Friday 14 January 2022

Magnum - The Monster Roars (2022)

Country: UK
Style: Hard Rock
Rating: 8/10
Release Date: 14 Jan 2022
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I wonder if I'm going to annoy fans with this review, because it took a while for me to warm to this album. Don't get me wrong from the outset, it's good stuff from one of the legends of hard rock in the UK who have kept on going through the highs and lows that come with industry trends and never stopped putting out good music. It's just that fans simply raved about this one and I had no idea why. It's a good album—that's obvious—and I enjoyed it from my first listen. But it isn't an On a Storyteller's Night, let alone a Chase the Dragon. I left it wondering what fans were hearing this time out that they didn't hear on The Serpent Rings almost two years ago to the day.

And I'm still wondering after a few more listens. Sure, Magnum songs tend to be good initially but grow on multiple repeats because they have a flow to them and we don't know that flow first time through. Each listen helps it seep a little deeper into our soul. Sometimes it's clear from the start, like on I Won't Let You Down, which has a strong beat, a stronger hook and some wildly supportive orchestration to bolster that flow, but usually it takes a few listens to really appreciate the flows, such as with the title track that opens the album. It's a grower of a track, just like Remember and All You Believe In after it.

But not everything is growing for me here. The Present Not the Past doesn't properly engage for me. It's decent stuff, but it's sandwiched in between the immediate I Won't Let You Down and the vibrant No Steppin' Stones, which feels like it's a live track and benefits from a major horn section. The Present Not the Past does what Magnum do and I enjoyed its riff and its flow, but I've heard a lot of songs like this one on a lot of Magnum albums and this one doesn't stay with me, especially with more obvious bookends like those.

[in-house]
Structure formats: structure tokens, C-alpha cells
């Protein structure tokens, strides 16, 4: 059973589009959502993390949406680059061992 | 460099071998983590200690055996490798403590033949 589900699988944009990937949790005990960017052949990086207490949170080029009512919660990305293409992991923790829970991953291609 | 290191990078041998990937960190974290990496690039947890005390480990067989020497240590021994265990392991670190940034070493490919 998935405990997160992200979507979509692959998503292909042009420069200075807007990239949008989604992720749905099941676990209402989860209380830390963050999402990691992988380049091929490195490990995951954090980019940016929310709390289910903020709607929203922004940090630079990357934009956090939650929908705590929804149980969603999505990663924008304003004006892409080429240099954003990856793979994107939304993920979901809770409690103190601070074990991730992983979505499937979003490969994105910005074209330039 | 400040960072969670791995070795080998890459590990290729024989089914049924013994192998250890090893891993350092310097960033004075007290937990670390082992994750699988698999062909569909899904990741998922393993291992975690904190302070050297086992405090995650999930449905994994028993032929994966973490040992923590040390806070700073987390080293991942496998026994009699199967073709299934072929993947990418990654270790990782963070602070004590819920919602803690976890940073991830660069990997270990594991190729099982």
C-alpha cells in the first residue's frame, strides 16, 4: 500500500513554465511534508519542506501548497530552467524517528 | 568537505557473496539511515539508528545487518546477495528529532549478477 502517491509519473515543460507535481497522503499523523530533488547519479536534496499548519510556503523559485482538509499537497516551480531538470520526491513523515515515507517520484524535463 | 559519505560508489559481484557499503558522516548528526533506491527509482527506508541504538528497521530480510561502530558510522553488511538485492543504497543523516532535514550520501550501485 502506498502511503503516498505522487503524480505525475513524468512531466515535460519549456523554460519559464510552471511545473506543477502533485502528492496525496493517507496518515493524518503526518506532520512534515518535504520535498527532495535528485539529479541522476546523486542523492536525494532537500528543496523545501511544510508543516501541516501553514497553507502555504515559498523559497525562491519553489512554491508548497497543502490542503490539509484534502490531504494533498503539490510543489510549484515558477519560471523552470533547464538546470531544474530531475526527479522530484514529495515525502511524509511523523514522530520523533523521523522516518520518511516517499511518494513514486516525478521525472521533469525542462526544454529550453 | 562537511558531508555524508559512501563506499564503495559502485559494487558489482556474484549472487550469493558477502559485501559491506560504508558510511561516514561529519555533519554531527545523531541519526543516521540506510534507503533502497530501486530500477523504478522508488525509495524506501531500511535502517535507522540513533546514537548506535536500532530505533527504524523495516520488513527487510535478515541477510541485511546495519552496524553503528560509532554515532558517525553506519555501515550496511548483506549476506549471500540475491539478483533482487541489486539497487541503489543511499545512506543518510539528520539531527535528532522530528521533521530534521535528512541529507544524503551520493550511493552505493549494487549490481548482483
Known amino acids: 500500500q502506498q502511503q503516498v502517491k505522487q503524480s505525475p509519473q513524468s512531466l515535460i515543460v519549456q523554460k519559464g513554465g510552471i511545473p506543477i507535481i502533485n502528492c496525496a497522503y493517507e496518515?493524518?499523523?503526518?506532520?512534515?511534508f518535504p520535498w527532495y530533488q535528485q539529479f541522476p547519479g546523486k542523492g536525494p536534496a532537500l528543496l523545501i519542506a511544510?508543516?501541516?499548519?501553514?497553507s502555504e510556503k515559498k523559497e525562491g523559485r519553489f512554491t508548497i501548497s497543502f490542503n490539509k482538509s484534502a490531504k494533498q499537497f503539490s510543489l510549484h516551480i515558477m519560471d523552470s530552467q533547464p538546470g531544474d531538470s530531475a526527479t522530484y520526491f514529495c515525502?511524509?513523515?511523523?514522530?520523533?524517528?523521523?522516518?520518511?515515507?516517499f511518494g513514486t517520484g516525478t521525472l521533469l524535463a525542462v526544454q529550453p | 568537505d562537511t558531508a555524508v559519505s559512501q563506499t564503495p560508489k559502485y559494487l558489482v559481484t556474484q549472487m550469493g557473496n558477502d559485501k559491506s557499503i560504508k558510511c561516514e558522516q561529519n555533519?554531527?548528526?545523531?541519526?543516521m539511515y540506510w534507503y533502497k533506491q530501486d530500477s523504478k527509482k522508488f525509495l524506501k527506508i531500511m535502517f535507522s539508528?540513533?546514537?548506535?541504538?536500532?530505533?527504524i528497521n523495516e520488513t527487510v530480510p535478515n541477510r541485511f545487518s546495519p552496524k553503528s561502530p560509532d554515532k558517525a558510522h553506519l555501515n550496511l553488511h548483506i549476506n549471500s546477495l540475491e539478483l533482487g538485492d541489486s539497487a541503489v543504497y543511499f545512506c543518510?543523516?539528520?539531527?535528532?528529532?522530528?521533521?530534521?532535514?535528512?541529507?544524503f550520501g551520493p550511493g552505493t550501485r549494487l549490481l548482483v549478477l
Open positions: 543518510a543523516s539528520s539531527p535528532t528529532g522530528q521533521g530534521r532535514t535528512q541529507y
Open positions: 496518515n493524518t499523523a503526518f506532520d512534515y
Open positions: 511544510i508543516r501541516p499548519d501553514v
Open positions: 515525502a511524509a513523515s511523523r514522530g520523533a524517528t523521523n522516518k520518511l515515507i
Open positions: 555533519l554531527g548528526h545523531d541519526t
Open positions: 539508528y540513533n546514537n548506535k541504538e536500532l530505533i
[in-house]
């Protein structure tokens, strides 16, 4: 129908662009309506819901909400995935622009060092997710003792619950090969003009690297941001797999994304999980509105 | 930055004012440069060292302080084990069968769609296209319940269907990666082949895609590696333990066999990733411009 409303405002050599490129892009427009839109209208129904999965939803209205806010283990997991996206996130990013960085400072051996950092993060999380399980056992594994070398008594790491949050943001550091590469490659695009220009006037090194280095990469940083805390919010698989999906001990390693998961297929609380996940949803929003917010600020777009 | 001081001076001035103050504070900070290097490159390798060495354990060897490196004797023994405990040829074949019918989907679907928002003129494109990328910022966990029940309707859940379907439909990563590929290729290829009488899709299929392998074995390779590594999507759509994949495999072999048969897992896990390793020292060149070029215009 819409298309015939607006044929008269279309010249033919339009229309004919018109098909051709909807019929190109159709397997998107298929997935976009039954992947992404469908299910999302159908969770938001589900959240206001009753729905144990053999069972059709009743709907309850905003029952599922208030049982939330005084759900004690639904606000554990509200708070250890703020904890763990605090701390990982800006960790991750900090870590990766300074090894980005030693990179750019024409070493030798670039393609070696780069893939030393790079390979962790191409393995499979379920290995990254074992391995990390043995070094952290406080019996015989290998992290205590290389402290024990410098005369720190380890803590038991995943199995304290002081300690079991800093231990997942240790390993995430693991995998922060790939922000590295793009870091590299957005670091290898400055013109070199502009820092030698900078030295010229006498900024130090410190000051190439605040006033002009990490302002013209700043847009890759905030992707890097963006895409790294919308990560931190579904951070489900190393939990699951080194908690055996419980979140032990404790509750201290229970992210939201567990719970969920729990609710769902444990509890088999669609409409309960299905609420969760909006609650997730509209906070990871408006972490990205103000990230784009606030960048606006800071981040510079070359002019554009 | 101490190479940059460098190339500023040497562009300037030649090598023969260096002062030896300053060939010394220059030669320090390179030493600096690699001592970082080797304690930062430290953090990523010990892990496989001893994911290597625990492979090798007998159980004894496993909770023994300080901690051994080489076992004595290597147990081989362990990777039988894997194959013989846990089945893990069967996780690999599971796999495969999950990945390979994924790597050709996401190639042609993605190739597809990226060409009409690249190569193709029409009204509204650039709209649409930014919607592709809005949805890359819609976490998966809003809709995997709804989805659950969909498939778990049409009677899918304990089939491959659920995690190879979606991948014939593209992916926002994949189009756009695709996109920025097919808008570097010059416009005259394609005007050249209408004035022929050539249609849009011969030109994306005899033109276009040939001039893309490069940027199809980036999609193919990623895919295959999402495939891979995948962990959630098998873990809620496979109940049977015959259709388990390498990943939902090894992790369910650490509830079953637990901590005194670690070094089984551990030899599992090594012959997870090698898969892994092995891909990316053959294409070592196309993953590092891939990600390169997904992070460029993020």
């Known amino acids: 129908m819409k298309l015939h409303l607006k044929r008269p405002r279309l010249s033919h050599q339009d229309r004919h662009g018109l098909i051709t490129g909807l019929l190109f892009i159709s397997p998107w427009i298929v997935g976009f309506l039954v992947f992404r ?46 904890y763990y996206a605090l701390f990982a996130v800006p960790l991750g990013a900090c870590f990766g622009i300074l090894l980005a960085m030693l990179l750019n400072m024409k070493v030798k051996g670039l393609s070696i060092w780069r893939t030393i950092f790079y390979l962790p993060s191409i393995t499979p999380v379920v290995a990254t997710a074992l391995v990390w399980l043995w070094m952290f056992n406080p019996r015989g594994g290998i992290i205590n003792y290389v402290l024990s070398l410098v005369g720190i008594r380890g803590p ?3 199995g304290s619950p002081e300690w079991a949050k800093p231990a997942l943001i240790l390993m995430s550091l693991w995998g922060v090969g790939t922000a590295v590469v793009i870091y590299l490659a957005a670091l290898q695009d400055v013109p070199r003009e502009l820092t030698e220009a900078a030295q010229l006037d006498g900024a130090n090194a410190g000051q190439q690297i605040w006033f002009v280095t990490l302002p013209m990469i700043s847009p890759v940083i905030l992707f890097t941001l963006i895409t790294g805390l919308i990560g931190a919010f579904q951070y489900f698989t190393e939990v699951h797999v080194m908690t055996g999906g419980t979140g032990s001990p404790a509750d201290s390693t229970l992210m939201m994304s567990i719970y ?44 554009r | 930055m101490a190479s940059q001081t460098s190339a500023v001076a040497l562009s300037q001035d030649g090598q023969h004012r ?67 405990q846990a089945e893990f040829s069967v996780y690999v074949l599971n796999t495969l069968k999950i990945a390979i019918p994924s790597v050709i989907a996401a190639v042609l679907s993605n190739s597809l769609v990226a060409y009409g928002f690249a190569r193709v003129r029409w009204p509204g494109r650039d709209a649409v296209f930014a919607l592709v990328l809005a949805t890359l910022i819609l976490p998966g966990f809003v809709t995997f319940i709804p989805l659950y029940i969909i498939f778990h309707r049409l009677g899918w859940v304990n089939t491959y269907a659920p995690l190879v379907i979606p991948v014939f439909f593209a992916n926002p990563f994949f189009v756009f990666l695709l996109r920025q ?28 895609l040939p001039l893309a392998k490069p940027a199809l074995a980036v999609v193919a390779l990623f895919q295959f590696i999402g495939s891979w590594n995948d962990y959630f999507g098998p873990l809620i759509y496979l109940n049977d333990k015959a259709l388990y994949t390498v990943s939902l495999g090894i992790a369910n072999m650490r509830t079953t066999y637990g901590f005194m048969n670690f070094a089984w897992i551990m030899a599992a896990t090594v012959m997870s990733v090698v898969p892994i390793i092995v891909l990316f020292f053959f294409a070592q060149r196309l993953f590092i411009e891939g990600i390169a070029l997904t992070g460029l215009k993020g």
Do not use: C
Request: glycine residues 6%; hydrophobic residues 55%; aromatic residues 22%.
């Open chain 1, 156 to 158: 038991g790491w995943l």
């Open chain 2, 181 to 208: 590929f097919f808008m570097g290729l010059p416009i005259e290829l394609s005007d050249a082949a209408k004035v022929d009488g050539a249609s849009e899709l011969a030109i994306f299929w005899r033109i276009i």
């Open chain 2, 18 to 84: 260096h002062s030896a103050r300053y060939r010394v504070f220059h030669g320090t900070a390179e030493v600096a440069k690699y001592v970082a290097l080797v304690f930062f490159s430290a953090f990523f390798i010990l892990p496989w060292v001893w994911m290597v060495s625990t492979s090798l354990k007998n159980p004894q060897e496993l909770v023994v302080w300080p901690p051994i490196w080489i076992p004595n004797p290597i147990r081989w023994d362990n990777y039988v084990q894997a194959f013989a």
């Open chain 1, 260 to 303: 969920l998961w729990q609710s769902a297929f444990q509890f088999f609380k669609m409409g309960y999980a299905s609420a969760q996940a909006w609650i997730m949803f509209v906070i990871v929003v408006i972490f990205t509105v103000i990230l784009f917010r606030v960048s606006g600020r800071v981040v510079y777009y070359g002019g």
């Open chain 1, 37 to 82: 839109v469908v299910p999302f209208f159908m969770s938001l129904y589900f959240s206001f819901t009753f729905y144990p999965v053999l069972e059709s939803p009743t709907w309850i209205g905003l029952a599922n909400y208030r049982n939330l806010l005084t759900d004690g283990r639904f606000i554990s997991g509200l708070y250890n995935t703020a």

In fact, No Steppin' Stones turns out to be one of the highlights of the album, building on its early vibrancy with some clever vocalising over neat basswork from new fish Dennis Ward. It also leads nicely into That Freedom Word, the first song of the second half, which opens with teasing guitar from Tony Clarkin. I like what fellow founder-member Bob Catley does here too. This band is half a century old this year and he initially sounds like his age is showing. He still sounds good, but there's more than just experience in his voice. It feels like there's a little tremor there too, but he only builds from there and, almost a minute in, he's rocking like he's still in 1978 touring for the debut album. He sounds as great as ever, with just a little rasp and tremor to underpin the emotion.

Rick Benton gets to introduce Your Blood is Violence on keyboards, which elevates the song early, but I'm not as fond of the songs that come after it. Walk the Silent Hours is good at what it does, but what it does is that slow Magnum song that's not quite a ballad but plays far closer to it than normal. Those power chords are quintessential Magnum but, like The Present Not the Past, it's a song that I've heard too often before and it doesn't stay with me. Most of the late tracks fit much the same bill, solid and reliable and things I've heard before, The Day After the Night Before the exception that proves the rule, carrying a pristine hook.

In fact, listening to this album, which I think does enough to warrant an 8/10, prompts me to revisit The Serpent Rings, because I remember that being better. Otherwise, I think I may just have to put this on pause for a while and haul Chase the Dragon back out again. I know it by heart but still. So, while this isn't a the killer Magnum album for me that it seems to be for a lot of fans, it's another really good one. They're knocking out albums in startlingly regular fashion, every other January (or close to it) since 2014, so we can almost check our clocks by them, and they've been really good for a while now. This is not a band resting on firm past glories. They're growing old exactly how an excellent hard rock band should and so rarely does.

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